Diana Bensyl

The Ebola epidemic was initially announced on the Centers for Disease Control and Prevention (CDC) website on March 25, 2014. Since then, over 15,000 cases of Ebola have been reported in West Africa . One program within the CDC, the Epidemic Intelligence Service (EIS), has been assisting with the Ebola outbreak effort in West Africa . The EIS program is a two year training program for PhDs and MDs to gain experience in applied epidemiology. Dr. Diana Bensyl, a member of the American College of Epidemiology since 2000, is one such epidemiologist who trained in applied epidemiology through the EIS program. Prior to entering EIS, Dr. Bensyl received a Bachelor’s of Arts in Psychology from Baylor University and then continued at Baylor to receive a Master’s of Arts in Sociology. She then studied Preventive Medicine and Community Health with a specialization in Sociomedical Sciences at the University of Texas Medical Branch in Galveston, Texas and received her PhD just prior to entering the EIS program. “Coming out of my PhD program, I had spent a lot of time at my desk doing data analysis and writing. I had become quite proficient at data analysis for complex surveys and longitudinal surveys. What I really enjoyed was when I was able to get out of the office and do the surveys in person and see the community of interest in person. When I learned about the Epidemic Intelligence Service, it seemed a great way to try something new and get applied epi experience in the field.”

Dr. Bensyl first worked as the National Institute for Occupational Safety and Health Alaska EIS Officer in Anchorage, Alaska. She mentioned that, “Alaska was amazing. I chose my assignment because it sounded interesting and adventurous. And this was before any of the shows like Deadliest Catch had come out! The only experience I had with occupational work was a short-term class project looking at environmental contamination of a worksite and trying to assess worker exposure. But going to Alaska and working with bush pilots, fishermen, and loggers to try to reduce occupational injury and mortality was the perfect new challenge and a major public health need. I was able to work with fishermen, aviators, federal and international partners such as the Federal Aviation Administration, National Transportation Safety Board, Transport Canada, Coast Guard, and with universities such as Harvard and University of Alaska. As an EIS officer, I also worked with the Alaska Department of Health, the Carter Center, and the Council of State and Territorial Epidemiologists.”

EIS officers all have primary assignments in the United States, but also will respond to important public health issues in other locations in the U.S. or internationally. While at her post in Alaska, Dr. Bensyl had a temporary duty assignment in Enugu, Nigeria working with the Guinea Worm Eradication Program. “While in Nigeria, I traveled to remote villages in Enugu state to speak to tribal leaders, village health workers, and community members to ensure filter distribution had occurred and that filters were being used appropriately, monitor pond treatments, and describe issues that were contributing to continued infection. The experience taught me about cultural competency, problems faced by communities quite different from mine at home, and the importance of being flexible especially when working overseas.” At the conclusion of her EIS training, she was hired as a Research Science Officer at the Alaska Field Station. Dr. Bensyl then transferred to the CDC headquarters in Atlanta, Georgia, where she held a number of important positions to arrive at her current position as Curriculum and Training Team Lead in the Epidemiology Workforce Branch and EIS. Dr. Bensyl has been involved in the training of more than a thousand medical professionals and students. “My branch houses the EIS Program along with programs for students and teachers from middle and high school and fellowships for medical/veterinary school students. As the Curriculum and Training Lead, I am responsible for ensuring the content of our coursework aligns with the applied epidemiology competencies set forth by the Council of Linkages and CDC/CSTE. The coursework bridges the gap to be able to successfully complete the learning-by-doing projects that are a part of the training of our EIS officers, students, and teachers. Overall, we seek to build their applied epidemiology skills to take them to the next level of learning.”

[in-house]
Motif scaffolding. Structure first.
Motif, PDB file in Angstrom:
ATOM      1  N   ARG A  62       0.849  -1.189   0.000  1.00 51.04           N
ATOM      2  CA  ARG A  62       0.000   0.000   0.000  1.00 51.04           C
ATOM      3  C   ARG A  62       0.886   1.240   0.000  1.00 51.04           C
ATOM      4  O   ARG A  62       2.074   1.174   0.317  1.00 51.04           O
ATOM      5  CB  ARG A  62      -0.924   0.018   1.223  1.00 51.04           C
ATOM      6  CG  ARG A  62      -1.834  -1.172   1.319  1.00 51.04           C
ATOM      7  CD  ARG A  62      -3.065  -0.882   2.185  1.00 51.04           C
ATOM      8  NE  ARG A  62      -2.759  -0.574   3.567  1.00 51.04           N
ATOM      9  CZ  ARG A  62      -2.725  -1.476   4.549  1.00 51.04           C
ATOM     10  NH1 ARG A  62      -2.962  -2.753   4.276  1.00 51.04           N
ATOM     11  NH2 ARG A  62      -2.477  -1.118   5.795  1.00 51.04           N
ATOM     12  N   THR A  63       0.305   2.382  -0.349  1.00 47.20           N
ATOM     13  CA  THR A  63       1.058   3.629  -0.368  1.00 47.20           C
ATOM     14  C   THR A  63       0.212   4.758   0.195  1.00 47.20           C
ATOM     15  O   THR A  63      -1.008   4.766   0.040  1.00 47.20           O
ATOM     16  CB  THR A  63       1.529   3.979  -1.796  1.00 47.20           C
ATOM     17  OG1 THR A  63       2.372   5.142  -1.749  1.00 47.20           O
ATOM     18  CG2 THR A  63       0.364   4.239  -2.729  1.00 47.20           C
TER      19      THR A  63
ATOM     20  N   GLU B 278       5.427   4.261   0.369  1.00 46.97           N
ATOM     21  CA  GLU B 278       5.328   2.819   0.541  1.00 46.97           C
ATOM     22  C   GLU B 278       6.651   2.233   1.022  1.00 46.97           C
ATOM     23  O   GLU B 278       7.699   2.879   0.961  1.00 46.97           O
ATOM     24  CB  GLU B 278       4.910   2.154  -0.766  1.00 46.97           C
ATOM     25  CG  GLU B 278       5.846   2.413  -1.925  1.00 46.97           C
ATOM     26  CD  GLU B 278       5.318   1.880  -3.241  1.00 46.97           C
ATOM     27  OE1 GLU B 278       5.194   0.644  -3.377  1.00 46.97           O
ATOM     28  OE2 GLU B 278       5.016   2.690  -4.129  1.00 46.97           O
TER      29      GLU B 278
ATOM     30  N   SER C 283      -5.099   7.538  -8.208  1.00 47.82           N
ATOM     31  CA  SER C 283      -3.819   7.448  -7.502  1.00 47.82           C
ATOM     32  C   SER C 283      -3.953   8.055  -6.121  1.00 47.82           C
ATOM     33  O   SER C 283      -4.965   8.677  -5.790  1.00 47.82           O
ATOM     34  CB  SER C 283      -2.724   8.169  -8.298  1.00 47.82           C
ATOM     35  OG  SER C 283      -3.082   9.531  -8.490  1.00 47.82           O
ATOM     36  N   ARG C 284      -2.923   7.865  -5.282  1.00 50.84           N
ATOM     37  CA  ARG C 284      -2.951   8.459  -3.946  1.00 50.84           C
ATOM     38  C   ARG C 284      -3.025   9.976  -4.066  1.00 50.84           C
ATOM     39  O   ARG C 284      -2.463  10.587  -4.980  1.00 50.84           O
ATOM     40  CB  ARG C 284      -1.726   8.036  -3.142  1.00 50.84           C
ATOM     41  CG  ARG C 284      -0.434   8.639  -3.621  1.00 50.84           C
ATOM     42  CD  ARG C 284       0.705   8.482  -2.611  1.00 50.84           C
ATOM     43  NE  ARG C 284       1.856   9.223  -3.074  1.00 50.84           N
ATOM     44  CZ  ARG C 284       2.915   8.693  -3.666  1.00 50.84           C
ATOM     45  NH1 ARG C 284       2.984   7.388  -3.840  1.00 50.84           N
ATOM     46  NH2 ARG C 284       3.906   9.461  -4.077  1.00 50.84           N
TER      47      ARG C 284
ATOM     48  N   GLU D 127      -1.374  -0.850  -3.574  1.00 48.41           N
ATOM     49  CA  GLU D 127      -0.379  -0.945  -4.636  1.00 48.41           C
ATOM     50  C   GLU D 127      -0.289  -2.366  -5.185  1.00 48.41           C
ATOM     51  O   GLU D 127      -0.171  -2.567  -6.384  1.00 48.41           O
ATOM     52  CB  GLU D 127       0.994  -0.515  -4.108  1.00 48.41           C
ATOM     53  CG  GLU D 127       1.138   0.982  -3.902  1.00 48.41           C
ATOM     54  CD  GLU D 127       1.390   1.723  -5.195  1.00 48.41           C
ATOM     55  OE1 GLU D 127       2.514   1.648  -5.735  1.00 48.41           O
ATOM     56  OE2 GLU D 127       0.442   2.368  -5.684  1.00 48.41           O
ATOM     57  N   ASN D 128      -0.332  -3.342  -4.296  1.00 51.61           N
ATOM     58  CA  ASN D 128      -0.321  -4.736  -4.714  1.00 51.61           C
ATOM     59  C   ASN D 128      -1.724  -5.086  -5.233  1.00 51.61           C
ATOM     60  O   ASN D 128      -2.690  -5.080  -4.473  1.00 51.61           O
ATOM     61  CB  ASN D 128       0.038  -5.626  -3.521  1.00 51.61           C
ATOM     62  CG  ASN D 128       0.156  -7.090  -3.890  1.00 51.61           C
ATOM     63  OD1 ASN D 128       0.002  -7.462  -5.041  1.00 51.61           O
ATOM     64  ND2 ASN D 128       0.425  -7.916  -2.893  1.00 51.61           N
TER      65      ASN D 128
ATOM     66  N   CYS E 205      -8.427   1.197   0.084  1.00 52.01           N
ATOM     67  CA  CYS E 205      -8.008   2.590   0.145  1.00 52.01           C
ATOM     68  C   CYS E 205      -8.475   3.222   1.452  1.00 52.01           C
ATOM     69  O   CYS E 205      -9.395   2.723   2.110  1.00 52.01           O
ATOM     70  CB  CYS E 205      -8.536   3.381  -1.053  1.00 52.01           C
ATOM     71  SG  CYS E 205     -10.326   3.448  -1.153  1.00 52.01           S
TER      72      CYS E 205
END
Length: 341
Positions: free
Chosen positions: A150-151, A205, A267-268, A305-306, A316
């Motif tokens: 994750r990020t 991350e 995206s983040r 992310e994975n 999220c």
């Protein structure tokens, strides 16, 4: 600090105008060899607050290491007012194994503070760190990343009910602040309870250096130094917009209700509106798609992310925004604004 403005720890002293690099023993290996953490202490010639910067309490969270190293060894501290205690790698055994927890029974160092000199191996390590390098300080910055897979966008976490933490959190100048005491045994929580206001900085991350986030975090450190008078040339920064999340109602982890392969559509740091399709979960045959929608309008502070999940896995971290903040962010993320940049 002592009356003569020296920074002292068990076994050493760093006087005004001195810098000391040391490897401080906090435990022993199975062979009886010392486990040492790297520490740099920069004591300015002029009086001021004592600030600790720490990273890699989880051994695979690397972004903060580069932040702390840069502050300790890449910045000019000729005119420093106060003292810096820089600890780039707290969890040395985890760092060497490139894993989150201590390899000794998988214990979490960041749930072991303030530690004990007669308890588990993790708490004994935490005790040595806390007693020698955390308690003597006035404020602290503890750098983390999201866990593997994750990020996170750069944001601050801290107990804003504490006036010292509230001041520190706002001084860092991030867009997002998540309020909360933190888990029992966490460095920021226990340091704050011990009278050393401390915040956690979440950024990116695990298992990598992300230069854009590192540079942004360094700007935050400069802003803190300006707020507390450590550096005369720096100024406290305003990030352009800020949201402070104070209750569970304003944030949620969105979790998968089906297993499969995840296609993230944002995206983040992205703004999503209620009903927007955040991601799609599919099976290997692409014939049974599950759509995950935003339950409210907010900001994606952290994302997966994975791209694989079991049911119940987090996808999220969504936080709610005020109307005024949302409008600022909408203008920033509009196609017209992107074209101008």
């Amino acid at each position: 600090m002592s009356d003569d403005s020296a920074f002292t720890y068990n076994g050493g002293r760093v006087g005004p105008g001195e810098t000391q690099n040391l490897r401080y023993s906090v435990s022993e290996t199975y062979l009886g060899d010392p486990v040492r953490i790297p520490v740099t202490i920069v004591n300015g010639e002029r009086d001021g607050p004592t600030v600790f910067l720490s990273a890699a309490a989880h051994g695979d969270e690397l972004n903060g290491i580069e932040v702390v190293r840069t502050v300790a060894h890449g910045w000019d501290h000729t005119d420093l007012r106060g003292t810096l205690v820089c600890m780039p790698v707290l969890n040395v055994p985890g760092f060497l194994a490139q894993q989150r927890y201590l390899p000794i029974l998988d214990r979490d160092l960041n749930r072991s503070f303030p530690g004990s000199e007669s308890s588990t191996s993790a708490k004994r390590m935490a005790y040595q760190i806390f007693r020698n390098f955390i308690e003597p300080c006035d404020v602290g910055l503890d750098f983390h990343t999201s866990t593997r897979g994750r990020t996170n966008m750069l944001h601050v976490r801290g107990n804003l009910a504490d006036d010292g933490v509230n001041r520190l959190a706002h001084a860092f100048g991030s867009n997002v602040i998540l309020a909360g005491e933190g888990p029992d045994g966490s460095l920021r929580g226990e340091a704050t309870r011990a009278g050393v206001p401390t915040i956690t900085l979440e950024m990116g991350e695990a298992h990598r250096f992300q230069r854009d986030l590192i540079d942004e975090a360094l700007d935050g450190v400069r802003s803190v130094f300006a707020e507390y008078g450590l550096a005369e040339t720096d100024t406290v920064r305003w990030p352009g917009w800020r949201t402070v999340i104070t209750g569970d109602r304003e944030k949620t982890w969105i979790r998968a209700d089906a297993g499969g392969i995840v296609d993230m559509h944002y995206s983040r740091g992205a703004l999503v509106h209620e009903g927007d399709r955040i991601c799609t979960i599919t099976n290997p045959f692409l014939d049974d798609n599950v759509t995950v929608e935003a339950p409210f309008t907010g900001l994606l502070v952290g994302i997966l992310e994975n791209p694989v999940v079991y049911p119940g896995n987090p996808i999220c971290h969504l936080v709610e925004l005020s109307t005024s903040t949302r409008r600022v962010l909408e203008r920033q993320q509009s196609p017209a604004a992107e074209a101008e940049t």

Dr. Bensyl can be contacted at zqg6@cdc.gov. For more information about the programs covered by the Curriculum and Training Team please see the following websites: www.cdc.gov/eis, www.cdc.gov/careerpaths/index.html, and www.cdc.gov/epielective.